Date read: 10-11 March 2015 (Re-read); originally read 24-27 June 2014
My rating: 4 of 5 stars
Paperback, 232 pages
Published 2013 by F&B Communications
Source: Backed on Kickstarter 6 Sep 2013 ($25) by wife, received 31 Jan 2014
[Sara helped Kickstart this book so we have a signed copy that randomly arrived one day a couple of months later. Some days that’s a joy of Kickstarter. Some days not. I read it last June but failed to review it at the time. As part of my goals for the year, starting this month, one a month, I am to review a beer book that I previously read but failed to review. That schedule may be a little tight since it will involve so much re-reading but if I can get through about six before year’s end then that’d be most of them.]
Well-illustrated with color photographs. Lest the title distract you, this is a cookbook. There is no text wasted on philosophies, disputations or similar arcana. There is an acknowledgments, a recipe index and an ingredient index, along with photo credits and an author bio. In between each recipe section there are short “profiles” of some beer gardens and related topics. Otherwise it is mostly recipes, each of which comes with a suggested beer pairing.
While this book does not eschew meat entirely, as the jacket states, “It’s a cookbook for people who like carrots and kale—as well as butter, fish, cheese and chocolate!”
Table of Contents (and commentary):
- Appetizers (9 recipes – Bock pretzels and other sweet and/or savory things for various seasons)
- About Tasting and Pairing Beer with Vegetables
- Beans & Legumes (6 recipes – From salads to fried)
- Bavaria’s Biergartens (by Lindsay Bosslett and Rick Hadsall)
- Cheese (9 recipes – French toast to gnocchi to turnovers)
- Estabrook Park Beer Garden (Milwaukee, WI)
- Eggs (8 recipes)
- August Schell Brewery Gardens (New Ulm, MN)
- Fish & Seafood (7 recipes)
- New Glarus Brewing Co. Hilltop Beer Garden (New Glarus, WI)
- Greens (7 recipes)
- Boundary Bay Brewery & Bistro (Bellingham, WA)
- Noodles & Pasta (6 recipes)
- Brewery Farms (Rogue, Bell’s, NY farm brewery license program, Sean Paxton, Sierra Nevada, Stone)
- Roots (7 recipes)
- Building a Better Beer Garden: Advice from a Pro Brewer (advice from Aaron Rzeznik, landscape designer and brewer at Witch’s Hat Brewery, South Lyon, MI)
- Squash & Vegetables (12 recipes)
- Virginia’s Brew Ridge Trail (Blue Mountain Brewery, Afton; Devils Backbone Brewpub, Rosedale; Wild Wolf Brewing, Nellysford; 6 breweries, Nelson and Albemarle Counties www.brewridgetrail.com )
- Grains (6 recipes)
- Botanical Garden Brewfests (Fest-of-the-Ale at Missouri Botanical Garden (Oct); Fest-of-Ale (month of Oct) by Atlanta Botanical Garden; Chicago Botanic Garden festival; Oregon Garden Brewfest, Silverton)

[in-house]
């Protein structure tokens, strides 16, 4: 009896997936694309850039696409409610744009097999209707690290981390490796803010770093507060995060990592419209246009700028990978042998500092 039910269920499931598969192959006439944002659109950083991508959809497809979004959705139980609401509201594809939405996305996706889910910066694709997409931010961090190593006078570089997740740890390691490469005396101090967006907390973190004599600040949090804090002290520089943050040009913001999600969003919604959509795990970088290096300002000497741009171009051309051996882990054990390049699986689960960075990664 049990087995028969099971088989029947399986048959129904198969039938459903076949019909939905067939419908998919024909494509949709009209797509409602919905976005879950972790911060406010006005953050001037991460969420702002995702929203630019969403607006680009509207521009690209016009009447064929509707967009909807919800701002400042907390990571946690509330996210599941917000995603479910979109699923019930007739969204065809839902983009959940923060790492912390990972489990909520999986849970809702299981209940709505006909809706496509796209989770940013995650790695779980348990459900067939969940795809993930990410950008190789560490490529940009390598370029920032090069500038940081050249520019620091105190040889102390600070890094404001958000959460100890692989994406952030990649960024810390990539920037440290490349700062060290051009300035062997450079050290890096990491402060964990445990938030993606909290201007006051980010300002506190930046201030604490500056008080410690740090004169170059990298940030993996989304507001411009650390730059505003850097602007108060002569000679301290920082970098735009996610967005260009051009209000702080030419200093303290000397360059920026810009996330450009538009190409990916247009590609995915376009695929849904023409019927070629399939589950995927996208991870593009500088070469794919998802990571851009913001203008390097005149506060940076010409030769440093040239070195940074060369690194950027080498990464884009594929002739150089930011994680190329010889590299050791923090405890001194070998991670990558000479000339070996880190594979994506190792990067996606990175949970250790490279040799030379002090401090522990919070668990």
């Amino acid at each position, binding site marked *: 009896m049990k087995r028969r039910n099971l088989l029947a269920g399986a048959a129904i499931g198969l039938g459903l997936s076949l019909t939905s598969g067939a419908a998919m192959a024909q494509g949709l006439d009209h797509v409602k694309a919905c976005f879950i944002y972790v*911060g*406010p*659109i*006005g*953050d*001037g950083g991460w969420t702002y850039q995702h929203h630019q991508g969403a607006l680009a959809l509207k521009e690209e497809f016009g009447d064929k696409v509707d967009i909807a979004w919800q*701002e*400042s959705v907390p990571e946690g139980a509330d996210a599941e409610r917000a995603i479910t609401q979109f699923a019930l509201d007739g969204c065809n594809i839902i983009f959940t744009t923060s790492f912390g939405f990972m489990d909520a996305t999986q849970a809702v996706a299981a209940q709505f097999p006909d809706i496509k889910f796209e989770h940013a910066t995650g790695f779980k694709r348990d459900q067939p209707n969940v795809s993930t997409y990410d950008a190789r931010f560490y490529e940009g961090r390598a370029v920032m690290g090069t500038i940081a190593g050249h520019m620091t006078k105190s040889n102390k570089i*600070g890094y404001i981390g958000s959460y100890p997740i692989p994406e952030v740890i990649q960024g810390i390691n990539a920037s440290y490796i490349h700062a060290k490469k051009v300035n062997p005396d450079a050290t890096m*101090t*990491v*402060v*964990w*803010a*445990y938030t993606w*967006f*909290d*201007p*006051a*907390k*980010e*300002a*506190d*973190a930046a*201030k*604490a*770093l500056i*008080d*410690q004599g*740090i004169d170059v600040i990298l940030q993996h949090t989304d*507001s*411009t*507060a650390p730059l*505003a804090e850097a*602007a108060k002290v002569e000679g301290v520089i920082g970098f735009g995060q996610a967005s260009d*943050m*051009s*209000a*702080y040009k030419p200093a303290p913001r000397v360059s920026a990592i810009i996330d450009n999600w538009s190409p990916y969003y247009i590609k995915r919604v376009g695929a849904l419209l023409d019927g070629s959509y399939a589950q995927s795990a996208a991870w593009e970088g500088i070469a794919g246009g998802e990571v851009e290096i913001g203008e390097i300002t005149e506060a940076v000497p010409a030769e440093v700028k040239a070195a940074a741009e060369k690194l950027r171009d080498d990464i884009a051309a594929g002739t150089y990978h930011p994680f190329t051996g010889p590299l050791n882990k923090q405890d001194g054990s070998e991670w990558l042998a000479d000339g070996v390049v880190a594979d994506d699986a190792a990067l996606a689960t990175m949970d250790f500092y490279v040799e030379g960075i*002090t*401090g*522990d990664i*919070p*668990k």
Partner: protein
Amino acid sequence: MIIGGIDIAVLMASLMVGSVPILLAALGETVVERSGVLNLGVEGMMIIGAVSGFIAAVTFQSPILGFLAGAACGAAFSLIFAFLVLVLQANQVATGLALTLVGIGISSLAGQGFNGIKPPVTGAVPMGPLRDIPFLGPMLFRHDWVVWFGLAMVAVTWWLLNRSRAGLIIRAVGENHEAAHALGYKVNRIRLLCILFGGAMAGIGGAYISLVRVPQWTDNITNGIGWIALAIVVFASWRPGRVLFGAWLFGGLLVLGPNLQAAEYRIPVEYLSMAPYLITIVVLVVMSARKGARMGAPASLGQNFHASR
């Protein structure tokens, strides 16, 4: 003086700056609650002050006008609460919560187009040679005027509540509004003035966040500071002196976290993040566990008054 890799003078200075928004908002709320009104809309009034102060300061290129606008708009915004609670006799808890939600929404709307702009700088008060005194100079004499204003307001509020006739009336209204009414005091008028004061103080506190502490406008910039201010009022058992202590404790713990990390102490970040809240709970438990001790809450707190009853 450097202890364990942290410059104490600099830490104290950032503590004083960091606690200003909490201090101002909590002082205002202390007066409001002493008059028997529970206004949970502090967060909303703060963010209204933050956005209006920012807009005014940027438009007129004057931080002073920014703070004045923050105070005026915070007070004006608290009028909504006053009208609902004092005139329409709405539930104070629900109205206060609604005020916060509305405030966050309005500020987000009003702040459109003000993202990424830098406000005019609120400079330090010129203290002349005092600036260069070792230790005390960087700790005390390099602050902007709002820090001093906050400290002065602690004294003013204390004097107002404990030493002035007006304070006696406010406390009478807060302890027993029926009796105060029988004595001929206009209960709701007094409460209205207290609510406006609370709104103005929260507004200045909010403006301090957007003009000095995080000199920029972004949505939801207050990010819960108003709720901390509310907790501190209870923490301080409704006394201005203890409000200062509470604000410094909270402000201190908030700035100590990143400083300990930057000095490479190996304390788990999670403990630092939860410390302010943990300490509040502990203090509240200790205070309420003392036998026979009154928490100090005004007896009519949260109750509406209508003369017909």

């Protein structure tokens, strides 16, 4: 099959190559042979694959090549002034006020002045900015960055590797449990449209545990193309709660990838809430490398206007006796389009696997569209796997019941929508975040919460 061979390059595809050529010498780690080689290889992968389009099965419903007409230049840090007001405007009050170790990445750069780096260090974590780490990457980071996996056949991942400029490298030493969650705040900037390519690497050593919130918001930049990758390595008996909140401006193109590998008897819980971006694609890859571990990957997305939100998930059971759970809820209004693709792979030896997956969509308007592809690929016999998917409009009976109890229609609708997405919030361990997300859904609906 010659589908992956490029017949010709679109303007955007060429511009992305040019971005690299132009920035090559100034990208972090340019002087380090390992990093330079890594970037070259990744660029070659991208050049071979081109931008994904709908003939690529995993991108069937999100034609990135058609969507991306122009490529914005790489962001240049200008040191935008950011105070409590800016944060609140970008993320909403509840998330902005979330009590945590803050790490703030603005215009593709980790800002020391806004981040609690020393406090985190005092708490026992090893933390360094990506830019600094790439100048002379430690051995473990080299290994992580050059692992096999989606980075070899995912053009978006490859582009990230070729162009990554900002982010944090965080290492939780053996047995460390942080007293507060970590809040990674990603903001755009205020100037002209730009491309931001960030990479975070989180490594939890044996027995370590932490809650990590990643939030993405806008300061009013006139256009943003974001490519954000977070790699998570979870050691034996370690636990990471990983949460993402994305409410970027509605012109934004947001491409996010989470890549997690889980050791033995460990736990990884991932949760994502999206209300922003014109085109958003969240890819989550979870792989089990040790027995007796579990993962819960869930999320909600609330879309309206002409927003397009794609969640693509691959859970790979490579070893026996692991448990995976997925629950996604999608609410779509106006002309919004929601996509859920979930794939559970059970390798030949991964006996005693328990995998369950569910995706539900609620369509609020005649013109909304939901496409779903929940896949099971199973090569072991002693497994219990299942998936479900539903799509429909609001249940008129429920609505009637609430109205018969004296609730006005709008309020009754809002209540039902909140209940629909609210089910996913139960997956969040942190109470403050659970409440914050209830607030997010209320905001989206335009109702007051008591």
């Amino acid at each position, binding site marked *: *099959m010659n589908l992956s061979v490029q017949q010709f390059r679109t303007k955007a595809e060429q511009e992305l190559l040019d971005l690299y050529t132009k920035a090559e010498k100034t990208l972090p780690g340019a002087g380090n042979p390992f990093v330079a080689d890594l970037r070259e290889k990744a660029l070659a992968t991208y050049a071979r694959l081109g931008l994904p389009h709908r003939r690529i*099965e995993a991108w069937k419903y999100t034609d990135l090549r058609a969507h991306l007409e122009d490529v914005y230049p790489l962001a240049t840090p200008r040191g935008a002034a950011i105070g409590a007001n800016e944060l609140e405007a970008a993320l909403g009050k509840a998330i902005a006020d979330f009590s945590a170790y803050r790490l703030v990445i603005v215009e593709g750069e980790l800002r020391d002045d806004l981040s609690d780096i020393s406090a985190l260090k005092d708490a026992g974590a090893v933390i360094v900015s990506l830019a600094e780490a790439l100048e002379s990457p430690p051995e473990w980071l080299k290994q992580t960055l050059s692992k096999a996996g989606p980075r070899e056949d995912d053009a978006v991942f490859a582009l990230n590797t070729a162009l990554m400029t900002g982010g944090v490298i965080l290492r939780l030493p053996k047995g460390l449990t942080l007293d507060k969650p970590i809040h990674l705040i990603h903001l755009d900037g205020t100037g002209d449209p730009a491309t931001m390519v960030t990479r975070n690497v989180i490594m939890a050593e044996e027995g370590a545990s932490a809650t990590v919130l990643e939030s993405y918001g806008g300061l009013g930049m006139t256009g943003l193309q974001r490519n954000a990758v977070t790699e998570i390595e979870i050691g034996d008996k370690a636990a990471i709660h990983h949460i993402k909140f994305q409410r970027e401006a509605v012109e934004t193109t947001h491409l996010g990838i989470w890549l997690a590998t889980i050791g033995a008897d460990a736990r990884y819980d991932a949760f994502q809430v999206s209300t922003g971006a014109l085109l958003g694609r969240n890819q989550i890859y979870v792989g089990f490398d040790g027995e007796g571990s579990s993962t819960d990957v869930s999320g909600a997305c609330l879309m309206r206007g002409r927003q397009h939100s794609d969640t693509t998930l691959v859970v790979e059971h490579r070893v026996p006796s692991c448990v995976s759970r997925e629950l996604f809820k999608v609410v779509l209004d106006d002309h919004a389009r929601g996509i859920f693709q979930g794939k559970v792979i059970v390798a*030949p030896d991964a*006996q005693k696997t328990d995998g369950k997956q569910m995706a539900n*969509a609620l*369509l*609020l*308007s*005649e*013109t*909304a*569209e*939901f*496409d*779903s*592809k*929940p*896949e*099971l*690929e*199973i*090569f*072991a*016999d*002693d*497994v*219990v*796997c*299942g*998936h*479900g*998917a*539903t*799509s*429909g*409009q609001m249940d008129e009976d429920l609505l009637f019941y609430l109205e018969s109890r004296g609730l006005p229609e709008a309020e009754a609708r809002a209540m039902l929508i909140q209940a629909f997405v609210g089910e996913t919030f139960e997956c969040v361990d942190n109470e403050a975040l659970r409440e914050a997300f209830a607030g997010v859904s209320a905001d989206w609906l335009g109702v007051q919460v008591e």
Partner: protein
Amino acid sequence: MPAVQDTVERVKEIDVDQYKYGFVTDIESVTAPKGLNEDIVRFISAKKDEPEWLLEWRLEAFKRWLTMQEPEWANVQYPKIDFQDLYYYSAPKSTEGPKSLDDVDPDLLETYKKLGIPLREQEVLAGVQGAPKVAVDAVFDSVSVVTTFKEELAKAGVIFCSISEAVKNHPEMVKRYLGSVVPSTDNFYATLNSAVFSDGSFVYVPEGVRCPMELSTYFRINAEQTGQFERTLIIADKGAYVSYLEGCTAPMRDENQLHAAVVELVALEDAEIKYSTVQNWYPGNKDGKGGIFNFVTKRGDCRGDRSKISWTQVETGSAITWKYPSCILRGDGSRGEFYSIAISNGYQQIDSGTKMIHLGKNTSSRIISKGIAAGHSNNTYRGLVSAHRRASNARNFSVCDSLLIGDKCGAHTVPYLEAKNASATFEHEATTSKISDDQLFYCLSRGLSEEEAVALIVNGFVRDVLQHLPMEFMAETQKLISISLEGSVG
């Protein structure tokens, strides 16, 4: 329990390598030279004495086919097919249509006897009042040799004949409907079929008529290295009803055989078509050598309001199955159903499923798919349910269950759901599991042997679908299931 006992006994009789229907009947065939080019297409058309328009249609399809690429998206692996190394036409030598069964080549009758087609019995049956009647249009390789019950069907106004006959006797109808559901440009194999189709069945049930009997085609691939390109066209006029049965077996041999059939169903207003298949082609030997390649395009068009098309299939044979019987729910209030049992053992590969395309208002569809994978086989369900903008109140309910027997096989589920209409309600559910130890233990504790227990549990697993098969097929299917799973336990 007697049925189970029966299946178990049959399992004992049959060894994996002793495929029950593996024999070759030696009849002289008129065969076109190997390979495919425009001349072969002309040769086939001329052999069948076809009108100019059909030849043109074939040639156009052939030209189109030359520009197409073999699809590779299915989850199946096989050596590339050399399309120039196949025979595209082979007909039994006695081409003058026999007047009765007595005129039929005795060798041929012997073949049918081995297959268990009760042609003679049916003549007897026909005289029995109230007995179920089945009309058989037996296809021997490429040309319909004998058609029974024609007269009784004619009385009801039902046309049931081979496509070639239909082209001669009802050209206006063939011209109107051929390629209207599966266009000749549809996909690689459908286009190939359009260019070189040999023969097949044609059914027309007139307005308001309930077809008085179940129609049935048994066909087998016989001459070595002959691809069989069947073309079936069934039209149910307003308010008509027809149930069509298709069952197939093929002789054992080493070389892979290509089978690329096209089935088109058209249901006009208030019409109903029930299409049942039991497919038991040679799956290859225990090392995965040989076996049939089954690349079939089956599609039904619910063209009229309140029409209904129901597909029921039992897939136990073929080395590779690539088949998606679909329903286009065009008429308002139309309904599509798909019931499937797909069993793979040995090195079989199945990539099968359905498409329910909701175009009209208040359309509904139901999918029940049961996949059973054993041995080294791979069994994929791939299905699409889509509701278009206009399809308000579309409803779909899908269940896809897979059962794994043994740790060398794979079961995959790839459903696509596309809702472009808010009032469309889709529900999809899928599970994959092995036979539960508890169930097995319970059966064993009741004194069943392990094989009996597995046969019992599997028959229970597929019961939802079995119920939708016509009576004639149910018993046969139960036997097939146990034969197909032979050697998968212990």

- Sauces & Soups (8 recipes)
- Bière de Garde Jelly by Christina Ward, Milwaukee County Master Food Preserver
- Fruits & Desserts (13 recipes)
- Recipe Index
- Ingredient Index
- Photo Index, Participating Breweries
I have already identified several recipes of interest, including a Basil-Walnut Pesto and Udon with Ginger-Garlic Broth under Noodles & Pasta; Potato-Leek Cakes with Almond Cream Sauce and Manchego Potato & Chard Tarts under Roots; Sesame Miso-glazed Squash and Cauliflower-Chickpea Cakes under Squash & Vegetables; and Carrot Risotto Cakes with Spiced Plum Relish and Millet Flatbread with Manchego and Rosemary under Grains. No doubt, others will sound scrumptious when the proper ingredients are in season.
For the Udon with Ginger-Garlic Broth she suggests a black IPA or hoppy American stout. I might use less ginger; in fact, would, so maybe not so big. I’m thinking Firestone Walker Wookey Jack. The rye in that can add a little of its own spice.
For the Potato-Leek Cakes with Almond Cream Sauce she suggests “a yeasty Belgian strong ale with plum and caramel notes …” (127). Mmmm. Several possibilities here.
For the Sesame Miso-glazed Squash the recommended pairing is “malt-forward lager such as Vienna or Oktoberfest [which] balances the salty miso sauce” (159).
Once in a while the recommendations are oddly specific; I am not referring to the odd Rogue or Goose Island beer or so on as several breweries did support her with locations and/or photos. But, for instance, for the Millet Flatbread with Manchego and Rosemary the recommendation is “a golden ale aged in merlot barrels, or a farmstead dry cider with enough tannins to take on the Manchego and rosemary” (178). OK. We get two recommendations. But both are incredibly specific. I agree that either, but especially the merlot barrel-aged golden, would be exquisite. Not the easiest thing to put one’s hands on, though.
I would love to go to the Fest-of-the-Ale at Missouri Botanical Garden. [ I love MOBOT! I grew up in St. Louis County and visited MOBOT many times when a kid and made it back a couple years ago.]
The Bière de Garde jelly sounds quite tasty but it involves canning. [I must say, I adore this contributor’s title, “Master Food Preserver.” Of course, I just registered for our second year at the C.O.M.G.A. Spring Gardening Seminar.]
All-in-all, this is an excellent book of primarily fruit- and vegetable-centered recipes covering dishes of all sorts to pair with beer. And while these foods could certainly be enjoyed anywhere—without or without a well-paired beer—they would be even better in a beer garden among loved ones or friends. That is what this book celebrates.
I recommend it if you can get your hands on it. Seems to be used copies out there.
This post is cross-posted at my other blog, habitually probing generalist, for purposes of the below reading challenge.